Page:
Engineer develops new way to fight wife's cancer

Cal Tech chemical engineer Mark Davis used nanotechnology as an alternative to chemotherapy in treating cancer.
CBS News

In the battle against cancer, there is a promising new treatment -- a high-tech therapy that targets tumors and with fewer painful side effects than chemotherapy. CBS News correspondent Dr. Jon LaPook examines how this treatment was developed.

Mark Davis, a chemical engineer at the California Institute of Technology, was a complete stranger to the world of medicine. His expertise was in the oil industry.

Then in 1995, his wife Mary was diagnosed with breast cancer.

"There were many times during the therapies where I just really wanted to give up," said Mary. "I thought the treatment was going to kill me rather than the disease itself."

The chemo killed the cancer but wreaked havoc on her body, permanently damaging her hearing.

"When she finished going through this," said Mark Davis, "she said, 'This is just awful. There really should be better ways to treat cancer patients where you can have high quality of life.' She said, 'Why don't you guys start working on it at Cal Tech?' I'm like, 'Come on, I don't know anything about cancer.' And her response to that was, 'What kind of excuse is that?'"

So at age 40, Davis changed his focus and -- with no medical training -- developed a novel way to treat cancer.

"So cancer treatment is an engineering problem to some extent?" LaPook asked Davis.

"It is to me," he said, "and that's the way I looked at it from the very beginning."

He turned to nanotechnology -- engineering tiny particles to do big things. In a video, they're seen penetrating the outer membranes of cells.

Chemotherapy has toxic side effects because when the molecules are injected into veins, they are so small they can escape the blood stream and damage normal cells along with cancerous ones.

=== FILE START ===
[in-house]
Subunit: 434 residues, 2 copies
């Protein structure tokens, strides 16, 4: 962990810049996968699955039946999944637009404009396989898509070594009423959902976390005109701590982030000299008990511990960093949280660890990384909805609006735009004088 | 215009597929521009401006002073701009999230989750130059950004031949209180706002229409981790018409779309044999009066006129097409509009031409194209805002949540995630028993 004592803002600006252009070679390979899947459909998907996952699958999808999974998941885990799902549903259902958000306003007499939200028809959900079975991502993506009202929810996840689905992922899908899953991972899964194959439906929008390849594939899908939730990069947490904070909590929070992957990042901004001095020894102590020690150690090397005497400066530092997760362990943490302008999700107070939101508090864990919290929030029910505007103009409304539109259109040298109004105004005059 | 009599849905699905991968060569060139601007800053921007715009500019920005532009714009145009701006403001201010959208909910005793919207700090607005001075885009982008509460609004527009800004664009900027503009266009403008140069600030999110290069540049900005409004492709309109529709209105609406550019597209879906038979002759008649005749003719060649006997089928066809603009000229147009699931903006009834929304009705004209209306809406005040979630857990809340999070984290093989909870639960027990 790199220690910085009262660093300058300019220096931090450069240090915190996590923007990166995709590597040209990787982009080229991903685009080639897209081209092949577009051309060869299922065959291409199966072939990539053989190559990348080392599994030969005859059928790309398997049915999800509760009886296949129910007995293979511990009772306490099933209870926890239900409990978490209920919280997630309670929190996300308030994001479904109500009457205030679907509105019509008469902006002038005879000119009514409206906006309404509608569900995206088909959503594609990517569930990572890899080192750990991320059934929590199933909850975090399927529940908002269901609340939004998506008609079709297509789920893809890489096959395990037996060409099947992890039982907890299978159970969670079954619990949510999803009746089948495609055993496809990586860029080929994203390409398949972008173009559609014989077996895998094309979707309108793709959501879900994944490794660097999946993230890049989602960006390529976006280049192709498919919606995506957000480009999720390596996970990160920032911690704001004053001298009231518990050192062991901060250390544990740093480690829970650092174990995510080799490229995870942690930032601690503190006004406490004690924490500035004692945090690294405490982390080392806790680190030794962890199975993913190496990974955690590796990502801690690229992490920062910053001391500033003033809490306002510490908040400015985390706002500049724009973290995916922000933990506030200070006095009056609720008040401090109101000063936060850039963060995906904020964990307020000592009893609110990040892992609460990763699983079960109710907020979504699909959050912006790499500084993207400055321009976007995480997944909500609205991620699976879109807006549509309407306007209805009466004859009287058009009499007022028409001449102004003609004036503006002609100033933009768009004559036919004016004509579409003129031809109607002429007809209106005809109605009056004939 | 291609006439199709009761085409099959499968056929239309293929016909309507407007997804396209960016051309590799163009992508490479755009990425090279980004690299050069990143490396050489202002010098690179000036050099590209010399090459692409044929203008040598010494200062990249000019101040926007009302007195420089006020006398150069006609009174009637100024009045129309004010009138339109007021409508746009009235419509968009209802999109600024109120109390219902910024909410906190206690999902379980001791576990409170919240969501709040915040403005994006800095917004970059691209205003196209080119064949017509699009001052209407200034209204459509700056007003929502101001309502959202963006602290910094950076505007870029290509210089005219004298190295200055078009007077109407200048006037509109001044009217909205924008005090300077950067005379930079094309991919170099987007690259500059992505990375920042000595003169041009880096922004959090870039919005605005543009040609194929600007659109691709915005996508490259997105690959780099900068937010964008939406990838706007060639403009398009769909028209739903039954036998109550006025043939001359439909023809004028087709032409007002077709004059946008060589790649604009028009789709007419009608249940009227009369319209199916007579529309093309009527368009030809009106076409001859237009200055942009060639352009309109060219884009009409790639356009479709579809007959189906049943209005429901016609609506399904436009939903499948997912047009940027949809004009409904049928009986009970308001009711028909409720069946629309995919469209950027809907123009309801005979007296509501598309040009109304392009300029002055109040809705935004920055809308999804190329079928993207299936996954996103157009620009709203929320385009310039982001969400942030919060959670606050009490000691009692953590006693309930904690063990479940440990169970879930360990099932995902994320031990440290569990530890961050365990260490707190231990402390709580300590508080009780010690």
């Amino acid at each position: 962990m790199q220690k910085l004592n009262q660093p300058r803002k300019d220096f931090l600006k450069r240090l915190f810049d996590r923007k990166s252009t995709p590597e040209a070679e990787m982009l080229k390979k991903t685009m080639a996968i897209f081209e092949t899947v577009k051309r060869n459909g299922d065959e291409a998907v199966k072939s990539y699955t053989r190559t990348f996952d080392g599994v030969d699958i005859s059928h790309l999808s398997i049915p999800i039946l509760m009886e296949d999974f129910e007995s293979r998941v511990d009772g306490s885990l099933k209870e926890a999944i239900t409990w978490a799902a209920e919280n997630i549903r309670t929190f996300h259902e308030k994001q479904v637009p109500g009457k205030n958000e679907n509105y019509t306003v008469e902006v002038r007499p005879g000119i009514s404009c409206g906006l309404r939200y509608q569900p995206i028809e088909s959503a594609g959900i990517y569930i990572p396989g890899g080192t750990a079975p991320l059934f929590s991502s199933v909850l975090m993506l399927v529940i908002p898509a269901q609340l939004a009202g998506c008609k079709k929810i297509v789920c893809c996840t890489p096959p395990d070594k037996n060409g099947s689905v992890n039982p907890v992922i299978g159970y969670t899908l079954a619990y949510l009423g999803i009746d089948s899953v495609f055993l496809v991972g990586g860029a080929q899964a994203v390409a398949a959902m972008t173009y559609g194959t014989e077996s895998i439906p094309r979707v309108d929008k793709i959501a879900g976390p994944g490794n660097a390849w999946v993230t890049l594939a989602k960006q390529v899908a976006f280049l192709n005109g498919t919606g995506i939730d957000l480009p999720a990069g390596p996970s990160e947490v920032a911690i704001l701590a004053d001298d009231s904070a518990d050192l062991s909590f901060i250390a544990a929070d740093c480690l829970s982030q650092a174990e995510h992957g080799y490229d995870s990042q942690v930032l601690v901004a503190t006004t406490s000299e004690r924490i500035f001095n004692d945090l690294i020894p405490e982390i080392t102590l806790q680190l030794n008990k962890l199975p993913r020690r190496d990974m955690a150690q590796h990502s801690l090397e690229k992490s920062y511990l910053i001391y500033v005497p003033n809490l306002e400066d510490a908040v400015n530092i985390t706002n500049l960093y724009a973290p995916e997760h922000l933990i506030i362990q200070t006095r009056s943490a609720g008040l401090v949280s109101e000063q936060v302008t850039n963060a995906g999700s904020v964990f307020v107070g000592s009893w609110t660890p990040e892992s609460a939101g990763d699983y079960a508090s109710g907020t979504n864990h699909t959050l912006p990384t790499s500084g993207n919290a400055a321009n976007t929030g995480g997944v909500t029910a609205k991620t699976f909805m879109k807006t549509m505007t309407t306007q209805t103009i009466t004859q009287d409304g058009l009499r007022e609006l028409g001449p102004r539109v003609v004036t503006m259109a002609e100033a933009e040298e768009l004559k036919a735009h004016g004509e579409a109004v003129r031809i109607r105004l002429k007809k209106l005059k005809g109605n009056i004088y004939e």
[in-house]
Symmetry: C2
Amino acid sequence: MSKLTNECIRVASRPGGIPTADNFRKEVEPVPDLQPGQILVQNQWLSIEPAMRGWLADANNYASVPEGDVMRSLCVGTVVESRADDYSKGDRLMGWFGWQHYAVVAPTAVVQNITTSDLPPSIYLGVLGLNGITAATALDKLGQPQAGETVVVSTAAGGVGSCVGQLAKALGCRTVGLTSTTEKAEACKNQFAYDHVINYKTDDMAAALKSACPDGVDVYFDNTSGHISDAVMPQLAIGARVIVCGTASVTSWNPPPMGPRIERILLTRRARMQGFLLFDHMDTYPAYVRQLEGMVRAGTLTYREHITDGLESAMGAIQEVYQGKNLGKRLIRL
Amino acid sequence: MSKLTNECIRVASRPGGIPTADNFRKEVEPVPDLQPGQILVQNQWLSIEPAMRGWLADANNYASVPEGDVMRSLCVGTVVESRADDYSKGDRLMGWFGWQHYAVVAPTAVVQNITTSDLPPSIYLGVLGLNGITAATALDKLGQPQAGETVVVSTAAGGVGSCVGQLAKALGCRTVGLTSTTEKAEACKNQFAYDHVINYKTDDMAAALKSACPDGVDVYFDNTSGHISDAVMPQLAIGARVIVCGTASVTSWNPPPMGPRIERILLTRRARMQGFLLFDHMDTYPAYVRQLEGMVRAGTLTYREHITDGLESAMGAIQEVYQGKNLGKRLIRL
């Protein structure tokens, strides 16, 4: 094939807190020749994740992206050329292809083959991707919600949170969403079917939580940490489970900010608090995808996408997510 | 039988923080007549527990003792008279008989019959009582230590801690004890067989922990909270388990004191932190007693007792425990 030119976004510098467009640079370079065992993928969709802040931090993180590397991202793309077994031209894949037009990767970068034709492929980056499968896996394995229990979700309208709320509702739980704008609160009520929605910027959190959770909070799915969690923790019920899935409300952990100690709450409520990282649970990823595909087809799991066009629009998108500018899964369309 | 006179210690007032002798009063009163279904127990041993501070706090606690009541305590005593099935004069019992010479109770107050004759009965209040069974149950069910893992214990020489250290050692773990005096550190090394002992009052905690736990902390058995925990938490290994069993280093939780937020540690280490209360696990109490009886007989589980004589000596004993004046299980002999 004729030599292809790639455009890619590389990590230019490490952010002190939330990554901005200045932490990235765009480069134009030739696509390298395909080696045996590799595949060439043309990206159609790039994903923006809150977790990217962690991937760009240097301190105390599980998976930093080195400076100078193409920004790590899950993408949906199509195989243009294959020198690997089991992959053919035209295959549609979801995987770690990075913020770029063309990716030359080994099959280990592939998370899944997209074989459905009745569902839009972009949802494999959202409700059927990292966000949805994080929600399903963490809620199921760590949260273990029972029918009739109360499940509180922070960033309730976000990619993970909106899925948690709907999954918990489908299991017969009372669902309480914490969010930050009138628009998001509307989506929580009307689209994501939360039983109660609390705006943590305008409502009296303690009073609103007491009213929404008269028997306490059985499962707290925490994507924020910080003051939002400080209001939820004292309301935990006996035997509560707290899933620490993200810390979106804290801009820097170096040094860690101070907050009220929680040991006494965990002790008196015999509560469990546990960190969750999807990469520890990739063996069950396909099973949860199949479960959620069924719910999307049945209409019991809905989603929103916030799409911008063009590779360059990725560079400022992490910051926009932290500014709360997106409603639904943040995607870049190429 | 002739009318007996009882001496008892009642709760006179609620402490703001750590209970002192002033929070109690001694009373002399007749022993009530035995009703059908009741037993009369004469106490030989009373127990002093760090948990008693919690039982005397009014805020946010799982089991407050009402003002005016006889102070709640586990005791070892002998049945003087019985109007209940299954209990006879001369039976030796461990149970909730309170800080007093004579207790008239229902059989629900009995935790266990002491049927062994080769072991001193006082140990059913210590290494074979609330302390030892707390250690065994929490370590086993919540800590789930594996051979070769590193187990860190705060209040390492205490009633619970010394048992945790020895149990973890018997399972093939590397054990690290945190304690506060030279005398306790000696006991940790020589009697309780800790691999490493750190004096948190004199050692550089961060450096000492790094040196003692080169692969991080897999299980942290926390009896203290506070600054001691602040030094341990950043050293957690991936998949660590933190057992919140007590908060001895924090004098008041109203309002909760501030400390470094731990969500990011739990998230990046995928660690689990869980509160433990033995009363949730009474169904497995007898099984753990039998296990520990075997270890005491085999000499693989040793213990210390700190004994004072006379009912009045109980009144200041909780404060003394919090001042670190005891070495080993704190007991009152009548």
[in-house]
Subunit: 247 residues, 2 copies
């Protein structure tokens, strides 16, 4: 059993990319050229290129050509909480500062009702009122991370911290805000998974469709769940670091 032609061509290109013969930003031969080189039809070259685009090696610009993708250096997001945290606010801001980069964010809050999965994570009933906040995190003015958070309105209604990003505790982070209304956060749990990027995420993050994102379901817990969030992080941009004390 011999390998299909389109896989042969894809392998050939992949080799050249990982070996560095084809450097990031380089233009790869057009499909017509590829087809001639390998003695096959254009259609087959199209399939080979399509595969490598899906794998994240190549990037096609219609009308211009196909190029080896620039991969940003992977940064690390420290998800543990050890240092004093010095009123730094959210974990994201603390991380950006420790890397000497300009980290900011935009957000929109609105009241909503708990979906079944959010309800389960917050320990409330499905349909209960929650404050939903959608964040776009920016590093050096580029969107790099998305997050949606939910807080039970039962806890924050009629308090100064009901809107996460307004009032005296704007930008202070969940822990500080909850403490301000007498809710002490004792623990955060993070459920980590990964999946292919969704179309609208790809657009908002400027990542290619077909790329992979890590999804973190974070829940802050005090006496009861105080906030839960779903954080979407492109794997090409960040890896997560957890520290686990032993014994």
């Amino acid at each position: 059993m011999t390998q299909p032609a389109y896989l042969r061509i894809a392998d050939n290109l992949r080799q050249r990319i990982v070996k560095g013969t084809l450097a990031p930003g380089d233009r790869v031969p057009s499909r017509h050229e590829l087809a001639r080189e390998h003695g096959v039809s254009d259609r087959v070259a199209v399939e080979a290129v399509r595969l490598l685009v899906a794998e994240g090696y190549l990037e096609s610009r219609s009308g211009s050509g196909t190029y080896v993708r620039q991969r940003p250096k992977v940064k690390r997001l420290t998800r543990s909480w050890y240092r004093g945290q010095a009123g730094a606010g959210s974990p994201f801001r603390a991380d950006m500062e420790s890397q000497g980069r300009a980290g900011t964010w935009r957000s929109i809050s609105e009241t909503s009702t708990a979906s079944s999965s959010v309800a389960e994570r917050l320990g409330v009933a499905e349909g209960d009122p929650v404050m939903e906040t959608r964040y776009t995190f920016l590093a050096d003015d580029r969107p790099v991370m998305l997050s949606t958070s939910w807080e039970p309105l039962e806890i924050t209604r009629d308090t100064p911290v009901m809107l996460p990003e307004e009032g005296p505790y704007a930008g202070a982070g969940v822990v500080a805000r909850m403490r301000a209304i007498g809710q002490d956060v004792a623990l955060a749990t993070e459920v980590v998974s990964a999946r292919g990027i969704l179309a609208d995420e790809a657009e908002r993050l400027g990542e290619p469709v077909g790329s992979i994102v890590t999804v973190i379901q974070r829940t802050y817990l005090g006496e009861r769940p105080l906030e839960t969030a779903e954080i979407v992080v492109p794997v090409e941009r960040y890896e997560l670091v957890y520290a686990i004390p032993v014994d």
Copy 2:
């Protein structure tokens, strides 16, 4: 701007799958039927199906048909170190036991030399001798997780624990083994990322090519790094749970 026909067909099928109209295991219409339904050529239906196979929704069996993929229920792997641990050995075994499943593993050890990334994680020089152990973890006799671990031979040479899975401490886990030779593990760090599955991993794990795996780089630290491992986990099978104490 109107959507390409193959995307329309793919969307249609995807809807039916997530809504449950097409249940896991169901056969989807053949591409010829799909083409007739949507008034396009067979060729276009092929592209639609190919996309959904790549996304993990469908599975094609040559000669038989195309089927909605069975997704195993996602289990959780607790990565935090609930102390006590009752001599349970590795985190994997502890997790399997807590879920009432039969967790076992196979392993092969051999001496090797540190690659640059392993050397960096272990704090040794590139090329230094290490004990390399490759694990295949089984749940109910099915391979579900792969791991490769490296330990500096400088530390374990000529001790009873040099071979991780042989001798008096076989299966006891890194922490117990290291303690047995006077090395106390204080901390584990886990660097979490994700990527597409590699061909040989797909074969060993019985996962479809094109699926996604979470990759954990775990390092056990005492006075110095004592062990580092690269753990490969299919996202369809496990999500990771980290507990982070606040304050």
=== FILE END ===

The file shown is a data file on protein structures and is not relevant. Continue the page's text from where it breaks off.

Davis built a new drug delivery system. He loaded hundreds of molecules of a cancer drug into microscopic spheres built from sugar.

They are too big to slip out of the bloodstream until they reach their target. This allows them to destroy solid tumors, like lung and breast cancer, and spare healthy tissue.

David Cheresh of the University of California San Diego is also working on nanomedicine for cancer.

"So in effect we can reduce the level of drugs to the surrounding tissues, the normal tissues, increase the drug at the site of the tumor, and really get more bang for our buck," he said.

Davis' nanoparticles have been tried in more than 50 patients in the U.S. and will be tested at more than 20 sites across Europe.

So far, treatment using nanotechnology shows far fewer side effects than traditional chemotherapy. But using it to treat cancer is still in its infancy.

"Almost every month," said Mary Davis, "I get a phone call from someone who has a friend who's been diagnosed with cancer. And it's always in the back of my mind: 'Mark, hurry, up, hurry up!'"

"This was a good start," Mark Davis said, "but as engineers we always want to do better. We want to make version 2.0 and 3.0, and hopefully it will just keep getting better and better."

Researchers are now filling these nanoparticles with all sorts of treatments -- from chemotherapy to molecules that actually repair the broken genetic material that makes cancer cells grow out of control.

  • Jon Lapook
    Jonathan LaPook

    Dr. Jonathan LaPook is the chief medical correspondent for CBS News. Follow him on Twitter at @DrLaPook